Archbishop Louis Raphaël I Sako, the head of the Iraq-based Chaldean Church, one of the world’s oldest Christian communities, has been nominated for the 2018 Nobel Peace Prize, reports Asia News.
Following his nomination, the archbishop said receiving the prize “would be an important and significant gesture, because it would highlight the sacrifices of an ancient community that chose to remain in its own land despite persecution, the latest being that of Daesh [the Arabic acronym for IS], which forced hundreds of thousands of families to flee, convert or be killed”.
The Catholic association L’Œuvre d’Orient put forward his candidacy in late January, which the Norwegian Nobel Committee accepted. The nomination is backed by a number of people in Iraq and around the world, especially in France where the archbishop has developed strong ties of friendship and collaboration with Catholic and non-Catholic prelates and NGOs, including Christians and Muslims who praise his work in favour of peace and coexistence, said Asia News.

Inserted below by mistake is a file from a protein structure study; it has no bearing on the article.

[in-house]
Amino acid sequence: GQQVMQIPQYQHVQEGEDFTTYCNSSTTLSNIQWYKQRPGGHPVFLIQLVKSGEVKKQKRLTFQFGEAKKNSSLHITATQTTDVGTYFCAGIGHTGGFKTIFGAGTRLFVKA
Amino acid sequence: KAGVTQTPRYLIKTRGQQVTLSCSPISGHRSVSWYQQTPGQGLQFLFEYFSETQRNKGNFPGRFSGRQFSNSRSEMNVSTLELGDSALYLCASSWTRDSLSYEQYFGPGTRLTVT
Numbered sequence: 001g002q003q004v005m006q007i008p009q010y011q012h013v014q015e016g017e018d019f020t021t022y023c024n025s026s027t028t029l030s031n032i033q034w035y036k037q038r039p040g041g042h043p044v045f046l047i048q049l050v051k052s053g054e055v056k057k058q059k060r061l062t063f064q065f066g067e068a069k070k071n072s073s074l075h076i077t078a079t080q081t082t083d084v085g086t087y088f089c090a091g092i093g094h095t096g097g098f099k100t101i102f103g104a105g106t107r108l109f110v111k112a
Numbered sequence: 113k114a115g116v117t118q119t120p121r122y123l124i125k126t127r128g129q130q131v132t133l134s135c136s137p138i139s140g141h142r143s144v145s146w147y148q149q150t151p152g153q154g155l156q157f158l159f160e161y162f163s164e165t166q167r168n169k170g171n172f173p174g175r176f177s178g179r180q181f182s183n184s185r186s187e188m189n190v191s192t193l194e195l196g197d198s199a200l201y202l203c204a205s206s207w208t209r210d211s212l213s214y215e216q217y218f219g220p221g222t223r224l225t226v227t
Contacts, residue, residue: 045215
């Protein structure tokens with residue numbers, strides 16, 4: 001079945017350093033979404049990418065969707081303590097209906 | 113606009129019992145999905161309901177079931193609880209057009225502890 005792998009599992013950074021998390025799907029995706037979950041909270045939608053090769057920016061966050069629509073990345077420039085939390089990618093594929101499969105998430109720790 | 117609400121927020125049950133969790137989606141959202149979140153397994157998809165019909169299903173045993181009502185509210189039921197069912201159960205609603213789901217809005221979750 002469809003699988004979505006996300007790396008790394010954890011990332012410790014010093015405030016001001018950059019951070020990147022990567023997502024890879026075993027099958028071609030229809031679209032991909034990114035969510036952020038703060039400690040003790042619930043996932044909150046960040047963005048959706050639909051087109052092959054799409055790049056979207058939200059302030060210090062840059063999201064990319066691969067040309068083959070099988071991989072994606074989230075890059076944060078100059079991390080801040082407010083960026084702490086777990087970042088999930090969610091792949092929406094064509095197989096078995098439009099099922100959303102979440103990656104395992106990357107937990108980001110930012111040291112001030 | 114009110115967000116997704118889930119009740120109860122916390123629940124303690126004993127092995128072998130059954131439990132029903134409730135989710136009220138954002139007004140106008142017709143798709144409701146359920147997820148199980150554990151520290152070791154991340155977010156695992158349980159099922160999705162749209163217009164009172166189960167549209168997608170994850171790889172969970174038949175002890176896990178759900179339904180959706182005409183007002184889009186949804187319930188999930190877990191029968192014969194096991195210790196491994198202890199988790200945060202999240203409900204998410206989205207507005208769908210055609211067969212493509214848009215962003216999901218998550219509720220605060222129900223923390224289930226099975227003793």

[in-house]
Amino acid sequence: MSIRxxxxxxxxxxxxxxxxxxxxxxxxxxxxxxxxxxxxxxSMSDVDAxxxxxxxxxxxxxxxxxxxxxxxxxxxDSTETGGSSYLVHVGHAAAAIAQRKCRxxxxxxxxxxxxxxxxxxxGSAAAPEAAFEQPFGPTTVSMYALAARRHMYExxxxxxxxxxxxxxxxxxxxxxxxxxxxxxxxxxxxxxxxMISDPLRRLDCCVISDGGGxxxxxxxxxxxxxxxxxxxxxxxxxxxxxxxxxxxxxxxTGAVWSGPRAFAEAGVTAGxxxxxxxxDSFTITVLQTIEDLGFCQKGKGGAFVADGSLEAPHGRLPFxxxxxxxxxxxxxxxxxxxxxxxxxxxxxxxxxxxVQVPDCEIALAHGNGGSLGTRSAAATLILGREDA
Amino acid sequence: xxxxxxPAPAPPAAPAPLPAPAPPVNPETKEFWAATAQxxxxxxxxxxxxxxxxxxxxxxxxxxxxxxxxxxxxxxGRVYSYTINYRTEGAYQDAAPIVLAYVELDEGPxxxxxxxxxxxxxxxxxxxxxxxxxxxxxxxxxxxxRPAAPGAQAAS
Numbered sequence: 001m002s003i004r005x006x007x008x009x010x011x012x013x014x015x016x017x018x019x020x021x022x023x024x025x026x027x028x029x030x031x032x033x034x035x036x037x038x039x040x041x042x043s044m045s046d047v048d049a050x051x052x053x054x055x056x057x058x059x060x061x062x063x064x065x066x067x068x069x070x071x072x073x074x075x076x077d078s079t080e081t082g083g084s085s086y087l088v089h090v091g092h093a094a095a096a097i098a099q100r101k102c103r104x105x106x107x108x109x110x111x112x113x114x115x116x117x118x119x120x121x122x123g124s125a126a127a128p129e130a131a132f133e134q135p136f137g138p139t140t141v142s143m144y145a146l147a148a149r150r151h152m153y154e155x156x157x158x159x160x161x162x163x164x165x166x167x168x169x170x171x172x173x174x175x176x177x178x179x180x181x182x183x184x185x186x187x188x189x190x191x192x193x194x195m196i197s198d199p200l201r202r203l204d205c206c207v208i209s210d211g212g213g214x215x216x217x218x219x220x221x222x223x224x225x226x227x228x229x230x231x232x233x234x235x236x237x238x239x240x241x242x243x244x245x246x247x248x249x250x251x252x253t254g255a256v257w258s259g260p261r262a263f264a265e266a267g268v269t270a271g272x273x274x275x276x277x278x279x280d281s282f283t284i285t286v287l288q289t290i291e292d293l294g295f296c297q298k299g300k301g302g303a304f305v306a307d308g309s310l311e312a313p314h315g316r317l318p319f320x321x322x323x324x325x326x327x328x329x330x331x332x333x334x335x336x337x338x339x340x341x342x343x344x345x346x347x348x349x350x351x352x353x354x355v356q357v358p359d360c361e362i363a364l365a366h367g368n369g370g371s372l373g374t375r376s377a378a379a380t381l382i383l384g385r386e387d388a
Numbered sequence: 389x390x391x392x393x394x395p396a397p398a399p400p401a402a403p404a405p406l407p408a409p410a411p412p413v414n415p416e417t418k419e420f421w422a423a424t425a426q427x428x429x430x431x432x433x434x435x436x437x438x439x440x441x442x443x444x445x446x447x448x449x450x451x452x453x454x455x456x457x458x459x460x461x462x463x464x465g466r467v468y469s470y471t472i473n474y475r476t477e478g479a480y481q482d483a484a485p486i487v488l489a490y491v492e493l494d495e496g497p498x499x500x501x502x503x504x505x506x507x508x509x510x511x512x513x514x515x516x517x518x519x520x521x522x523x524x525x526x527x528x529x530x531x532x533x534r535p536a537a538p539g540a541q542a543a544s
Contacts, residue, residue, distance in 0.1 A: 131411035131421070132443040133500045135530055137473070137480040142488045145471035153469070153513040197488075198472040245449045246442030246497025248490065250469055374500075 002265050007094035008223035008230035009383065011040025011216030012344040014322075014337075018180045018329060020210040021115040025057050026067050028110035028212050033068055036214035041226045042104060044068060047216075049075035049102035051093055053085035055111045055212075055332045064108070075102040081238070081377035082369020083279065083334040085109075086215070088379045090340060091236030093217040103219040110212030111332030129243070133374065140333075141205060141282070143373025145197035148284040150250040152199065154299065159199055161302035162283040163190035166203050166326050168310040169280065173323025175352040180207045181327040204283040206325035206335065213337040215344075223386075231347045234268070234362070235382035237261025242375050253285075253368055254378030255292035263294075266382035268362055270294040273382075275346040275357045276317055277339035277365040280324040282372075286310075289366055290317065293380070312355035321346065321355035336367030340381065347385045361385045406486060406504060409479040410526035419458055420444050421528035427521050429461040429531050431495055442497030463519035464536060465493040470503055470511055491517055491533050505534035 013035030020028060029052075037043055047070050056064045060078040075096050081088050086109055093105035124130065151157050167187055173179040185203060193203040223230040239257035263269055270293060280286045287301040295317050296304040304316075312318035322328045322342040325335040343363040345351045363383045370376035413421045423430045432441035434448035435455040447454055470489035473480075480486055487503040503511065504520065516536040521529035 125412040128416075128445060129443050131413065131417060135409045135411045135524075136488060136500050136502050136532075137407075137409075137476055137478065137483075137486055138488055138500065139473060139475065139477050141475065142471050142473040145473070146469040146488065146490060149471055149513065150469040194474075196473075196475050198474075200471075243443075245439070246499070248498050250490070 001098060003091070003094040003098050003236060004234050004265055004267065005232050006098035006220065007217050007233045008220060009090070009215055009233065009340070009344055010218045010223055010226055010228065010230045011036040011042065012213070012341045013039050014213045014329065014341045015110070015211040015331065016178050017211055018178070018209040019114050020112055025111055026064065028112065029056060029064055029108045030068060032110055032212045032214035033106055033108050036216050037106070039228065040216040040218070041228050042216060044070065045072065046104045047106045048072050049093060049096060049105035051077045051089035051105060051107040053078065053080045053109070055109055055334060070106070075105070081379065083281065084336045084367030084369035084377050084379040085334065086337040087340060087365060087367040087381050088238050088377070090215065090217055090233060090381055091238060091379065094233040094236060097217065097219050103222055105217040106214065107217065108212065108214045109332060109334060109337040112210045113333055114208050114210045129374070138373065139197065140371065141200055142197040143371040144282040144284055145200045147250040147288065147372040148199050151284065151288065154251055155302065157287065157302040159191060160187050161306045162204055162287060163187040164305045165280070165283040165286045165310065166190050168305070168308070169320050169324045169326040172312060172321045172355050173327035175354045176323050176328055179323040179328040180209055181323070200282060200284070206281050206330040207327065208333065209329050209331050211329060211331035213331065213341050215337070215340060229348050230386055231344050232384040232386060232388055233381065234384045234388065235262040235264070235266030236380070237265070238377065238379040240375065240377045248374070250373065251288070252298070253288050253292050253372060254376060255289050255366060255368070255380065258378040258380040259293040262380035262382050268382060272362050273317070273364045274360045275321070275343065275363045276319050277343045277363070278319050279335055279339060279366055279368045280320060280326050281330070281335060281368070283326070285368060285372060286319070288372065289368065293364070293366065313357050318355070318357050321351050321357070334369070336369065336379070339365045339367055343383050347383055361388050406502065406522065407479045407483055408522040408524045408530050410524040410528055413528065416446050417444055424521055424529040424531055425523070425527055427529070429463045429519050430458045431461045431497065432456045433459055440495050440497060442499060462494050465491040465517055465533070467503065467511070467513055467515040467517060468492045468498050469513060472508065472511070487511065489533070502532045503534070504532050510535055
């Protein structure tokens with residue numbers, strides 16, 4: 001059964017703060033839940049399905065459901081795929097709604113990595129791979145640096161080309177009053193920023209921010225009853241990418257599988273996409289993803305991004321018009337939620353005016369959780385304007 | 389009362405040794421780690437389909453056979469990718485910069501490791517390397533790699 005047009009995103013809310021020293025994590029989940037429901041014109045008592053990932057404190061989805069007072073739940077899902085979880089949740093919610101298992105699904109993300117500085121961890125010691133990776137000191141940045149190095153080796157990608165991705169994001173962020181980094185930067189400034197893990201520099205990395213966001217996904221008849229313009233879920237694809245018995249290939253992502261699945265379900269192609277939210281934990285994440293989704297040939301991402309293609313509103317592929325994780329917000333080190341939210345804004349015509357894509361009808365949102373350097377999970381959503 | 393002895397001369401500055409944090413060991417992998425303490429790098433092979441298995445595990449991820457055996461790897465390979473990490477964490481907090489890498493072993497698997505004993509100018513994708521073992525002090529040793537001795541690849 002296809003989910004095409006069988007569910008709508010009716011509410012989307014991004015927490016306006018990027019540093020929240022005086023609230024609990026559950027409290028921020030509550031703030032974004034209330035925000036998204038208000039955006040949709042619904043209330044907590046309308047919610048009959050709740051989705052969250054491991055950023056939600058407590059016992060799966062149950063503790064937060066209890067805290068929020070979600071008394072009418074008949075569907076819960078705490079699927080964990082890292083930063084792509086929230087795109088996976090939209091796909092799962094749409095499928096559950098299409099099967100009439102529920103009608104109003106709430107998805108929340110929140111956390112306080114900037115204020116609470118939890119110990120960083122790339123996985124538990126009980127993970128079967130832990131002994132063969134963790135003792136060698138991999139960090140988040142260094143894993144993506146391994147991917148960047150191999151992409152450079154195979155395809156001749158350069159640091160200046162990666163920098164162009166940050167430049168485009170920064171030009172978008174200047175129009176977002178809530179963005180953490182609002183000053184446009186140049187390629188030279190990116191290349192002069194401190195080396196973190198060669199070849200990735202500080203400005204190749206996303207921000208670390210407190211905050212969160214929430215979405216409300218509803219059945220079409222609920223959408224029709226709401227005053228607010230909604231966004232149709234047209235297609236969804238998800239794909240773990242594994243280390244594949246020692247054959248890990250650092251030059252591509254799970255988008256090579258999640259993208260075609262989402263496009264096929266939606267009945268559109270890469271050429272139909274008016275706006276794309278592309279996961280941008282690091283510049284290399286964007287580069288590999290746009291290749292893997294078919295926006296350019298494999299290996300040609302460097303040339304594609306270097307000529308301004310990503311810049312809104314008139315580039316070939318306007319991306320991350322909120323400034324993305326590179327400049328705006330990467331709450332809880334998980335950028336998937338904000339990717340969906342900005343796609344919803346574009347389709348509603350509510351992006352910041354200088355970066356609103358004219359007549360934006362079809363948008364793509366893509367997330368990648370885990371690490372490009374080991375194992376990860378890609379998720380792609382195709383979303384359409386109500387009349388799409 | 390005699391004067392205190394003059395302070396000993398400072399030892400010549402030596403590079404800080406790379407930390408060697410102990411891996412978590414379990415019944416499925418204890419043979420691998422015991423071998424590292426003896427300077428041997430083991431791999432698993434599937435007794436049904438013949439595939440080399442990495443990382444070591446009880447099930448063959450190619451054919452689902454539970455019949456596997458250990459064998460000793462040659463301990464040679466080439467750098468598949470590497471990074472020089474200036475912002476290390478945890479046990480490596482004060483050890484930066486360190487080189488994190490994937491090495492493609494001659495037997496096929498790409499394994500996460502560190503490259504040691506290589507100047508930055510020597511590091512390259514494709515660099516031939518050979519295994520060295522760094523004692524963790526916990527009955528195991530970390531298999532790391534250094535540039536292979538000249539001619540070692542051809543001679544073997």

French politician Bernard Cazeau said Sako “embodies” the dialogue between faiths and is “respected” by Muslims, Yazidis, Sabeans, religious believers and atheists, for his “honesty, sincerity, simplicity, and generosity”.
The Norwegian Nobel Committee shortlists candidates in March and announces the Peace Prize winners in October. Details of nominees are usually revealed by the Committee only after 50 years have passed. The Committee has confirmed that 2018’s candidates include 216 individuals and 113 organisations.
Archbishop Sako, 69, became Chaldean patriarch in January 2013. He was born in Zakho, northern Iraq, and was ordained a priest in June 1974.